makeshift cinema in the town hall, where they will watch James Whale’s Frankenstein (1931). The impression that the film leaves on Ana is particularly profound, and she will come to interpret the wider world of family, politics and social relations through the prism of a monstrous fiction and excited imagination. We see Ana with her fellow pupils in an anatomy class at school; we also see her befriend a
Printing Terror places horror comics of the mid-twentieth century in dialogue with the anxieties of their age. It rejects the narrative of horror comics as inherently and necessarily subversive and explores, instead, the ways in which these texts manifest white male fears over America’s changing sociological landscape. It examines two eras: the pre-CCA period of the 1940s and 1950s, and the post-CCA era to 1975. The authors examine each of these periods through the lenses of war, gender, and race, demonstrating that horror comics are centred upon white male victimhood and the monstrosity of the gendered and/or racialised other. It is of interest to scholars of horror, comics studies, and American history. It is suitably accessible to be used in undergraduate classes.
thought of as signifiers of disorientation in imaginaries of progress, markers for that which cannot easily be assigned to one side of the binary or the other, perhaps cannot even be properly categorised at all because they too are unknown, like the warnings placed over the uncharted portion of an incomplete map. To illustrate these points more clearly in the discussion that follows, we will draw upon both the Frankenstein story, as one of the original monsters in the socio-technical imaginary of progress through science, and more recent metaphors from popular culture
Venice (1851–53), Ruskin argues that ‘It is not, truly speaking, the labour that is divided, but the men: – Divided into segments of men – broken into small fragments and crumbs of life.’ 3 This contrasts with the more holistic approach to nature taken by the Romantics. However, it is the image of fragments which seems to persist in the Gothic and it meets its clearest expression in Victor Frankenstein’s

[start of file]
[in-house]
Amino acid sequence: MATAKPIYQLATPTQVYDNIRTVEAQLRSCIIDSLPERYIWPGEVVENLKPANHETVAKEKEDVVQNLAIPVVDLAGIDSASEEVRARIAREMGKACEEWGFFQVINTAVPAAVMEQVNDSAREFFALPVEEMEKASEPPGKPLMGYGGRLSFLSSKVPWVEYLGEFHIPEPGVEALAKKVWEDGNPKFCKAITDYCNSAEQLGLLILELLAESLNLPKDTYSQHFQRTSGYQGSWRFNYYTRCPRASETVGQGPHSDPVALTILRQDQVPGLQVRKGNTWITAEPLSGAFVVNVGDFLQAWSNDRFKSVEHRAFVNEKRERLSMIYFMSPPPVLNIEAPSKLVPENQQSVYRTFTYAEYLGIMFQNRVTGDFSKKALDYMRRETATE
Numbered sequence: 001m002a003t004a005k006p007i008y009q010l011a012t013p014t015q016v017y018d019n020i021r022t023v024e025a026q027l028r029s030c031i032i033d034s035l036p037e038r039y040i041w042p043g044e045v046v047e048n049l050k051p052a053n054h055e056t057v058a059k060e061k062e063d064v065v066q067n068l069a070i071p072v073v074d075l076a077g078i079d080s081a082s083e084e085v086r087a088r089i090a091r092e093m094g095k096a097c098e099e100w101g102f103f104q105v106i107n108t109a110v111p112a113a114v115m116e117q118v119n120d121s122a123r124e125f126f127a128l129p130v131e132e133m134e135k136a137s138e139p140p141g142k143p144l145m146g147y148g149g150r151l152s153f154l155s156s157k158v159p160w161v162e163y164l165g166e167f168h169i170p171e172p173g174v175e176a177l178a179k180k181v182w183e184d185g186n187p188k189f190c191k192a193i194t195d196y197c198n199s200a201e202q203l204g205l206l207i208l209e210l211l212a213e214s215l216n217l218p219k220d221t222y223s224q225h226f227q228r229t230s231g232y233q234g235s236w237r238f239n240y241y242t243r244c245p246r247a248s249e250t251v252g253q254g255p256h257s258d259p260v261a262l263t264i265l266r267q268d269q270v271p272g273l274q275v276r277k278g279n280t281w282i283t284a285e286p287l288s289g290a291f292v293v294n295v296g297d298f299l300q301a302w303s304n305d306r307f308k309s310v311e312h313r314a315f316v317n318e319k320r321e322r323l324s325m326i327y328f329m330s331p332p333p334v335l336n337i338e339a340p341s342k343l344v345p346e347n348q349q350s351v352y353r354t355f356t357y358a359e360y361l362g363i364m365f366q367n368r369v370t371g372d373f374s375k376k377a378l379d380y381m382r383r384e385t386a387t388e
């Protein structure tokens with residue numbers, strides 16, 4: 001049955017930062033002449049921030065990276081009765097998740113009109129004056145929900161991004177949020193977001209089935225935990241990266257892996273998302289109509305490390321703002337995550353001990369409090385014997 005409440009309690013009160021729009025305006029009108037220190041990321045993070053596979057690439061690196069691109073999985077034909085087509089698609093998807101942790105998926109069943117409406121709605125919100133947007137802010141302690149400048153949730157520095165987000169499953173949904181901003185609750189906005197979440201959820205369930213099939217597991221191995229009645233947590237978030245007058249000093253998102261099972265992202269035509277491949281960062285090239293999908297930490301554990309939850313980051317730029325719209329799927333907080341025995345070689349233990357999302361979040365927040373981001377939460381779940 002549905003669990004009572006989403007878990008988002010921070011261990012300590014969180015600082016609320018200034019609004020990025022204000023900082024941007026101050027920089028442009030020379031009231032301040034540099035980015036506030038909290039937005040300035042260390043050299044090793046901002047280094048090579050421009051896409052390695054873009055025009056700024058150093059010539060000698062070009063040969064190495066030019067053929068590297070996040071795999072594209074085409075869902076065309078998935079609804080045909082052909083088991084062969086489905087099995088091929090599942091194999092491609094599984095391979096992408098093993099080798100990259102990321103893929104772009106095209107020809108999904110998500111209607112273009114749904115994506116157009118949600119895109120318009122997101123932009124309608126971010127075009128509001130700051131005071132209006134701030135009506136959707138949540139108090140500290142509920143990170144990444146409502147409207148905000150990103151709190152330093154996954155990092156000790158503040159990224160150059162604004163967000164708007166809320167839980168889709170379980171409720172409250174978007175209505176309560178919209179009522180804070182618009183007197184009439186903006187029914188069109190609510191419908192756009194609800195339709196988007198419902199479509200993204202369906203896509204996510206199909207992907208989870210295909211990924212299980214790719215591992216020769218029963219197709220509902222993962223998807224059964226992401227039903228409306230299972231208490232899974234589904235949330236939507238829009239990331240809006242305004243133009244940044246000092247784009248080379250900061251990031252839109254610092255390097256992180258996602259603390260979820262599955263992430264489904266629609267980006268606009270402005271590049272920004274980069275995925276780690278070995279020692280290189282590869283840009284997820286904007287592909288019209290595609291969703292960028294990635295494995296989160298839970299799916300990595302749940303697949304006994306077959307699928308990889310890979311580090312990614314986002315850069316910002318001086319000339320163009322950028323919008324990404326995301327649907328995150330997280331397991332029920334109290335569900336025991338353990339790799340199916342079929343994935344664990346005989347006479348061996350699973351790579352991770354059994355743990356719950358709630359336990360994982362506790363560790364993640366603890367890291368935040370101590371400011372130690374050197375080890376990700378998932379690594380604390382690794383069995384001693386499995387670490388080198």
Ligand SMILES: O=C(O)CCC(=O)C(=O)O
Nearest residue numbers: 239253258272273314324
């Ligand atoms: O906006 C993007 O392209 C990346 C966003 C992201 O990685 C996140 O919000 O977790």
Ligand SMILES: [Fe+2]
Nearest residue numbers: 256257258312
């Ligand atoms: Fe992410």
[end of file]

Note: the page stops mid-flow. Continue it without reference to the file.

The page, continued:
as expected, the reviews of British horror films become shorter in length as time passes. Linked with this, they also begin to use a recognisable shorthand based on the name of ‘Hammer’. For example, only two of the available reviews of The Curse of Frankenstein (Terence Fisher, 1957) mention Hammer at all ( Sunday Express , 5/5/57, Evening News , 2/5/57). The reviews for Dracula (Fisher, 1958), released one year later, contain a few scattered references to the studio. A year after that we can
at the University of Manchester is the Latin motto Arduus ad solem (‘Striving towards the sun’). This Enlightenment credo refers to several myths – for instance, that of Icarus, who flew towards the sun and fell as the wax in his wings melted. Also lurking on this spot is Mary Shelley’s Frankenstein: ‘Rutherford’s room’, in Manchester University, has been investigated, as, in the past, some of those who inhabited offices above, below, and to the sides, died of cancer. In this we can read another old and strong myth related to Victor Frankenstein – that of
stacked top down, turns out to be an altogether more lateral beast. When traditional distinctions of up and down, inside and out are blurred, it is not always possible to distinguish self from monstrous Other. The identification between Victor Frankenstein and his monstrous creation is an obvious example. Dangerous bodies come in many packages, from repressive corporate bodies, to the abject, sacrificial